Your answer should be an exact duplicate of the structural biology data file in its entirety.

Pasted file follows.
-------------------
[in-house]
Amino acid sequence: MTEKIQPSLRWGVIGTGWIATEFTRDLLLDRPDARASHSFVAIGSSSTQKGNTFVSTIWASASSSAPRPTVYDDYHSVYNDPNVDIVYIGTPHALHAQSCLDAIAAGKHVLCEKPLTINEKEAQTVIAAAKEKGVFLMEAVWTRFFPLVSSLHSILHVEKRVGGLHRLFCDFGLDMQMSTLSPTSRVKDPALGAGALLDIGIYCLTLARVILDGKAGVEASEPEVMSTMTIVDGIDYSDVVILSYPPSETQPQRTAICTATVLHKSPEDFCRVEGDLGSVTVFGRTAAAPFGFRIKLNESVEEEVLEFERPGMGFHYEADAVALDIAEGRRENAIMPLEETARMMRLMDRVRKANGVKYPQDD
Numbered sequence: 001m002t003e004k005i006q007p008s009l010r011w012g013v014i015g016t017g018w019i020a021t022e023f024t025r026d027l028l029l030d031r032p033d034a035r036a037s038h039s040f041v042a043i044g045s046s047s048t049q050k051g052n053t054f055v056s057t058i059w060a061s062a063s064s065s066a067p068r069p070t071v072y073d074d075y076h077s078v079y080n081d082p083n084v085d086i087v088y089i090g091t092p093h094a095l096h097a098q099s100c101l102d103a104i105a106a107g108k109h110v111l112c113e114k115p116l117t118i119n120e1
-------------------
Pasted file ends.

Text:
[in-house]
Amino acid sequence: MTEKIQPSLRWGVIGTGWIATEFTRDLLLDRPDARASHSFVAIGSSSTQKGNTFVSTIWASASSSAPRPTVYDDYHSVYNDPNVDIVYIGTPHALHAQSCLDAIAAGKHVLCEKPLTINEKEAQTVIAAAKEKGVFLMEAVWTRFFPLVSSLHSILHVEKRVGGLHRLFCDFGLDMQMSTLSPTSRVKDPALGAGALLDIGIYCLTLARVILDGKAGVEASEPEVMSTMTIVDGIDYSDVVILSYPPSETQPQRTAICTATVLHKSPEDFCRVEGDLGSVTVFGRTAAAPFGFRIKLNESVEEEVLEFERPGMGFHYEADAVALDIAEGRRENAIMPLEETARMMRLMDRVRKANGVKYPQDD
Numbered sequence: 001m002t003e004k005i006q007p008s009l010r011w012g013v014i015g016t017g018w019i020a021t022e023f024t025r026d027l028l029l030d031r032p033d034a035r036a037s038h039s040f041v042a043i044g045s046s047s048t049q050k051g052n053t054f055v056s057t058i059w060a061s062a063s064s065s066a067p068r069p070t071v072y073d074d075y076h077s078v079y080n081d082p083n084v085d086i087v088y089i090g091t092p093h094a095l096h097a098q099s100c101l102d103a104i105a106a107g108k109h110v111l112c113e114k115p116l117t118i119n120e1